People in Malta will be allowed to grow up to four cannabis plants, Prime Minister Robert Abela has proposed as part of a White Paper to reform the country’s weed laws.
Cannabis plants grown at home can only be cultivated in a space that isn’t visible to the public and can only be used by the people living in that residence.
One can grow up to four plants for their exclusive use, and any homegrown cannot be sold to third parties.
Cannabis users found in possession of up to 7g of weed will no longer be arrested or prosecuted, while those found in possession of between 7 and 28g won’t be subject to court proceedings but will be subject to proceedings in front of a tribunal, where they can be fined between €50 and €100.
People will be able to buy cannabis and seeds from a legal source. Abela said he’s keeping his options open in this regard and will listen to public consultation in this regard, paving the way to the potential introduction of cannabis social clubs.
In another major reform, people will be able to expunge cannabis possession-related crimes from their criminal records.
Prime Minister Robert Abela launches a public consultation process on a White Paper to strengthen the legal framework on the responsible use of cannabis.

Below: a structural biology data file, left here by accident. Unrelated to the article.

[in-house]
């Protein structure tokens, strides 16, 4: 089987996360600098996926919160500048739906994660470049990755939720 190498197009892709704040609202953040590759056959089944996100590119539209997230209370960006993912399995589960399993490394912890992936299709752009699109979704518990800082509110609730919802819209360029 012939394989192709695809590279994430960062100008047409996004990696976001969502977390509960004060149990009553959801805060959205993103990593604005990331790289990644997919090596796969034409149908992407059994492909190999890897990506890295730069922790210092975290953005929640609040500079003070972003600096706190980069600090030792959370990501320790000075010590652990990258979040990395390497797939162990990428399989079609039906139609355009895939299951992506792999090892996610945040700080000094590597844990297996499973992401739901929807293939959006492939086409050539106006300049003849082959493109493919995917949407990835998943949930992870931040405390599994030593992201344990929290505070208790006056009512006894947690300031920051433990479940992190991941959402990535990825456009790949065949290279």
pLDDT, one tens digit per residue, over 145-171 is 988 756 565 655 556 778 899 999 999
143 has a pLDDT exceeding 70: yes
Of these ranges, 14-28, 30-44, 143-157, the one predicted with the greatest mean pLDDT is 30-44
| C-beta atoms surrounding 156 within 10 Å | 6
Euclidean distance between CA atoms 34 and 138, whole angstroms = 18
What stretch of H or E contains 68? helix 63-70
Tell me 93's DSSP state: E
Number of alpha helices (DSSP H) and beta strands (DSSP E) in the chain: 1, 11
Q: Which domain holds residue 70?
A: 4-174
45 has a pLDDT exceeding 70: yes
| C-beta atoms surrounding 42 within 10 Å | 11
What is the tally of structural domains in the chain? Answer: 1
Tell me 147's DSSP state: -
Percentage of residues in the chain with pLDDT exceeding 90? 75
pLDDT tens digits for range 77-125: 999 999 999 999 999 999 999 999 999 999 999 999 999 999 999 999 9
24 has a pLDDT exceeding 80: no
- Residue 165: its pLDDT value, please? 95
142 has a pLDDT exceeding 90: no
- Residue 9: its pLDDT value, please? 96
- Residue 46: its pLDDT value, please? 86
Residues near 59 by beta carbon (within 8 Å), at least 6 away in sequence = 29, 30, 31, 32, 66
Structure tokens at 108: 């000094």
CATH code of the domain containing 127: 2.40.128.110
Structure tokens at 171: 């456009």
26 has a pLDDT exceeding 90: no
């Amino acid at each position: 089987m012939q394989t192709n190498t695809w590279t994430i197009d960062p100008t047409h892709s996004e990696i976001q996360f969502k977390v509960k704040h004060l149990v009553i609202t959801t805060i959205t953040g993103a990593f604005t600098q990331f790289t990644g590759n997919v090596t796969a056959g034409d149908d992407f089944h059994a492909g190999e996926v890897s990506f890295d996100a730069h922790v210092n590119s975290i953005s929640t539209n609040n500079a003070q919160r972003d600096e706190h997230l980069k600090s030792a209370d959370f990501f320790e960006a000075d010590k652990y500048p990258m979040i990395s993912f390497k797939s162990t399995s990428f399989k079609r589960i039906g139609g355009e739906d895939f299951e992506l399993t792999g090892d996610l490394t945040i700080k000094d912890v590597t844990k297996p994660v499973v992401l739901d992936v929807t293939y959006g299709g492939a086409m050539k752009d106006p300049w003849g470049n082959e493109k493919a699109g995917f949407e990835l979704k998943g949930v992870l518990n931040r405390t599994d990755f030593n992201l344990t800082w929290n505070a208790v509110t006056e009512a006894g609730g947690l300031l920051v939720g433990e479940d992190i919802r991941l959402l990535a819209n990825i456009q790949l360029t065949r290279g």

Posted by MaltaGov on Tuesday, March 30, 2021
Meanwhile, a new government authority will be set up to oversee matters related to cannabis for personal use, and it will be tasked with commissioning studies and proposing guidelines.
“We’re a government that listens, understands, and takes decisions,” Abela said. “In recent months I was clear that it’s unacceptable for people caught smoking a joint to end up arrested, interrogated and prosecuted.”
“We already made steps forward in 2015 but reality showed us it wasn’t enough. It saddens me that some people are still being persecuted over joints, while the black market keeps finding fertile ground to operate in.”
“These proposals have their root in our electoral manifesto. Debate on this topic has been going on for a while and we now have concrete proposals to strengthen the legal framework for responsible use of cannabis.”
“Behind each proposal is a person who could have been stigmatised for smoking a joint, who ended up humiliated with their names broadcast to the country.”
Labour MP and former parliamentary secretary Rosianne Cutajar, who spearheaded this reform, said the proposals are the result of a year of work and consultation, as well as determination to create a fairer system.
“I’m proud with the proposals, because I know they come from a sense of justice, progress and responsibility,” she said while urging the public to submit their feedback over the next six weeks.